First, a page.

Terror, relief in search for Canadian in N.Z.
Online tools help and hinder tracking of Waterloo, Ont., man
Dan Briceno felt 15 minutes of "complete terror" when he read online that his brother-in-law had died in New Zealand's earthquake.
"You start to think about the last thing you said to them, the last time you hugged the person, the last time you said 'I love you,' the last time you saw them," the Torontonian said over the phone in a shaky voice.
Like thousands of people in New Zealand and around the world, Briceno posted an appeal on Google People Finder on Monday night to find out whether anyone knew the status of his brother-in-law, Daniel Collings, 23, of Waterloo, Ont., who was in Christchurch at the time of the deadly earthquake.
Soon after, someone posted Collings had died.
"You have to believe it at first," Briceno said.
But soon, he started to question it, especially because the commenter had left only one word — "Sadly" — in the comments field.
He deleted the post and put up another on the Google tool, where more than 9,000 unverified records have been added to date.
Another member of the family, Collings's uncle, had read the same People Finder posting about the young man's death and had passed the information to a grandmother. Fortunately, neither the uncle nor Briceno went to Collings's parents with what turned out to be a false account.
"If I'd gotten that information, I would've been devastated," said his father, John Collings. "It's just unbelievable that somebody could do that. It's quite heartless."
Briceno continued his dogged social media sleuthing, eventually tracking down a Dutch tweet mentioning the hostel, KIWI Basecamp, where his brother-in-law had been staying. He translated the tweet, which said everyone at the hostel was fine, but he wanted to know more.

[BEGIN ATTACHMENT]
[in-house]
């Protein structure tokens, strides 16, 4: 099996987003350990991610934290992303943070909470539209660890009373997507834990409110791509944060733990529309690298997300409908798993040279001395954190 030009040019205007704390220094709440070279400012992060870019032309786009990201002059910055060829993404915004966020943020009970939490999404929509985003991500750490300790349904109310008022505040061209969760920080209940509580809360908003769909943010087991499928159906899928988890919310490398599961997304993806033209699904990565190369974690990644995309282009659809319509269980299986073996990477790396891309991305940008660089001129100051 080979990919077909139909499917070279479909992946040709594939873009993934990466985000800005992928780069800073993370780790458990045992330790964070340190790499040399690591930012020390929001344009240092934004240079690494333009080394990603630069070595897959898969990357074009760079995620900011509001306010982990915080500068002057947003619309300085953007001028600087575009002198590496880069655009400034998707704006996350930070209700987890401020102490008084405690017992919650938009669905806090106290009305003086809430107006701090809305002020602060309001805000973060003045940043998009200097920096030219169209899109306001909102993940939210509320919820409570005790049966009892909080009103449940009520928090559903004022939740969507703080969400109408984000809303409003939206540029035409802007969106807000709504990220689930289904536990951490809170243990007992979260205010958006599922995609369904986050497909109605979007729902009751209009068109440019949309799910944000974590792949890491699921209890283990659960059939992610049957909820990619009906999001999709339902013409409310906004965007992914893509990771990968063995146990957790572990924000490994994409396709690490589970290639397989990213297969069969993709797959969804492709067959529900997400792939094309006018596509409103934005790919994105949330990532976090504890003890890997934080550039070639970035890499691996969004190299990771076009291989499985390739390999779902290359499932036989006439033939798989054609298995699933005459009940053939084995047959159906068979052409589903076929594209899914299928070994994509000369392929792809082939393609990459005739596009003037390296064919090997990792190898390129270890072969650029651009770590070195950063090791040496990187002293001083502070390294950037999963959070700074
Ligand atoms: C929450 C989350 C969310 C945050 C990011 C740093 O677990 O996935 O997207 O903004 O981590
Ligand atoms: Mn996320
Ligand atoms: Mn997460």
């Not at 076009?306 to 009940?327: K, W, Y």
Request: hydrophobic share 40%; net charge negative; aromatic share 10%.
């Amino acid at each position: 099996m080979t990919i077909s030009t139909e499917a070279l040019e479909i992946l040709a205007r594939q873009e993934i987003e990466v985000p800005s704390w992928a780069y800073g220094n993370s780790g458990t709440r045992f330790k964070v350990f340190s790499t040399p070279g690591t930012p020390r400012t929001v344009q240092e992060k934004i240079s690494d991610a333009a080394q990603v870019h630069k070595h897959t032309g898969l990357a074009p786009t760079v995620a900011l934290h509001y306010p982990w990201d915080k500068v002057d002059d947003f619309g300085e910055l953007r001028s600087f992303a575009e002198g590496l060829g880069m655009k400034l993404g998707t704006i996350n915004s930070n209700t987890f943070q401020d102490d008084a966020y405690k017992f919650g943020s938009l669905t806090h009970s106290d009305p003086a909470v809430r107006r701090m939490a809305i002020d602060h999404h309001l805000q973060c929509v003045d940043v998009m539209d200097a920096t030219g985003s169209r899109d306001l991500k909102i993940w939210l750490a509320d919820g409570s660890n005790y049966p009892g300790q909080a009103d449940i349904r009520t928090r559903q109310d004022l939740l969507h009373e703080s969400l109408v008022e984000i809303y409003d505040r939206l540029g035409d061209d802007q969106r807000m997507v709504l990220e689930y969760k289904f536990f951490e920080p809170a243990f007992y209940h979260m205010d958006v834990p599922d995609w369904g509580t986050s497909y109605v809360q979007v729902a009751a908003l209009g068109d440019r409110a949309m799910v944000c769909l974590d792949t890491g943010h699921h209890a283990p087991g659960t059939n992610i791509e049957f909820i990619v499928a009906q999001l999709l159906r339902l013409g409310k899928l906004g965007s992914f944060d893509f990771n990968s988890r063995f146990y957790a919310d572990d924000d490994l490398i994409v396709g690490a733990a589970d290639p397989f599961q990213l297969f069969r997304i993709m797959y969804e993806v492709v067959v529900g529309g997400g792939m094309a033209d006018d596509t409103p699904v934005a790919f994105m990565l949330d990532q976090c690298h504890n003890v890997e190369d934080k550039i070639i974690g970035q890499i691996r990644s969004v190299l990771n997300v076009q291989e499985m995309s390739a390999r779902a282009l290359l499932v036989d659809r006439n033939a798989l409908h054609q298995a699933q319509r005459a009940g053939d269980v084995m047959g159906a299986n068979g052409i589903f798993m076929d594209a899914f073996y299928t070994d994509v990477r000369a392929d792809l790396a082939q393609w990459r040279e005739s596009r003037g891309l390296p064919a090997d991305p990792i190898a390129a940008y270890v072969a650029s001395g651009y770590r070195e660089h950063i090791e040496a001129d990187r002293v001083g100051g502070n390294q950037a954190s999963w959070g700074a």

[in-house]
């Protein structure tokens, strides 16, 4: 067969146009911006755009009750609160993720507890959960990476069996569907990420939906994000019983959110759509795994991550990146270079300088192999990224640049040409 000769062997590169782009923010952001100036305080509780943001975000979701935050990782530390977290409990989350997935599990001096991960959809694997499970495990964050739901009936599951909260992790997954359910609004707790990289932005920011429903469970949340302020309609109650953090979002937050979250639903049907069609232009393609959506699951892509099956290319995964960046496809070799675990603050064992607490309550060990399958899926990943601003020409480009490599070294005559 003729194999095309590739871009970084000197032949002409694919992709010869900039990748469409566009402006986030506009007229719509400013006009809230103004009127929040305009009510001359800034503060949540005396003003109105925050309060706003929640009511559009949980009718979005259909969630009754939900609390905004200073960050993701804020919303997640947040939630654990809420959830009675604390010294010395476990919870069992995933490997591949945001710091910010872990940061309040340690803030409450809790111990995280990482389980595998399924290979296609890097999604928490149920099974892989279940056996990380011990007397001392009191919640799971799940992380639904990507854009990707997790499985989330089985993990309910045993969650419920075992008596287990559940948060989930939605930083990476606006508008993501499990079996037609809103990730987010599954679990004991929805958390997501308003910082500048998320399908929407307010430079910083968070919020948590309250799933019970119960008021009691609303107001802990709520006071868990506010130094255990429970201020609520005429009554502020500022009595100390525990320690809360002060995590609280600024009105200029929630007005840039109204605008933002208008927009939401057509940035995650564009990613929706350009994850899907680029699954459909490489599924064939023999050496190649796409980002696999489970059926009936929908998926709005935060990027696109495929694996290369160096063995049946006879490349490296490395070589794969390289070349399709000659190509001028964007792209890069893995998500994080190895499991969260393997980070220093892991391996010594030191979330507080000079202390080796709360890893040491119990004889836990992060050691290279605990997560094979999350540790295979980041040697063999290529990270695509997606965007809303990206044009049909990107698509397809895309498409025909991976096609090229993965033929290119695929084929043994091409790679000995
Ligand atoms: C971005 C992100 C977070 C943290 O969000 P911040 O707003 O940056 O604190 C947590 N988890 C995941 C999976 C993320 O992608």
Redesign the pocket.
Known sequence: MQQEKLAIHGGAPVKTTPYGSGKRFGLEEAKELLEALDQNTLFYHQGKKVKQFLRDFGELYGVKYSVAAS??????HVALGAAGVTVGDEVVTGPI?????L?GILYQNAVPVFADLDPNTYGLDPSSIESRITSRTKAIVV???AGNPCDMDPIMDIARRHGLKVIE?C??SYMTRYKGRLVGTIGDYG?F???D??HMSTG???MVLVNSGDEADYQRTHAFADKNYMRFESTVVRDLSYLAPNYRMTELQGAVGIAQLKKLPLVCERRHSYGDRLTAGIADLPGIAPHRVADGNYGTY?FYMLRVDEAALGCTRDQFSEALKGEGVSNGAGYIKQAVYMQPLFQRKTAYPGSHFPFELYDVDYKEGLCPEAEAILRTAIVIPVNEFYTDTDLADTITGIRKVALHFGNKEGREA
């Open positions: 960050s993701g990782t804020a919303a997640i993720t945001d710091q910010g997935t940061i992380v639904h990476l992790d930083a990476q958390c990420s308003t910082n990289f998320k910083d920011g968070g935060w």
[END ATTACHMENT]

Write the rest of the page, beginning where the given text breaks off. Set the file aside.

Briceno contacted the girl and sent her a picture of Collings. She asked around and found someone who recognized Collings.
'Couldn't stop smiling'
"At that point, we heard that he was fine," Briceno said. "But at the same time, I couldn't actually be sure. We'd already been told he was dead, so which one was true?"
Nothing beats first-hand information, and about 1 a.m. ET Tuesday, Briceno and his wife, Beth, got the verification they were needed when they saw Collings pop up on Skype, the internet video-conferencing application.
Friends and relatives seeking information on Canadian citizens believed to be in the affected areas should contact the Emergency Operations Centre at the Department of Foreign Affairs and International Trade by calling 1-800-387-3124 or 613-996-8885. They may also send an email to email@example.com.
"It was amazing," Briceno said of the conversation. "We couldn't stop smiling. We were just so relieved."
Collings told them he was in the shower when the 6.3-magnitude temblor hit Christchurch. He said he thought someone was knocking loudly at the bathroom door. Hours later, he managed to secure an internet connection on his laptop using backup power — his only way to contact loved ones since many telephone lines were down or busy.
For Briceno, the entire incident illustrated the highs and lows of using online sources.
"You could see the amazing resource that the internet is and what it could do to find somebody," Briceno said. "At the same time, somebody can just ruin your hopes because they're trying to get a laugh."
The Toronto video editor said he first witnessed how useful social media communities can be while watching people track loved ones after the Jan. 12, 2010, earthquake that devastated Haiti. But this time around, he also learned about the possible disadvantages.
"Google People Finder is a great tool, but it's not perfect — and I don't know if it ever can be."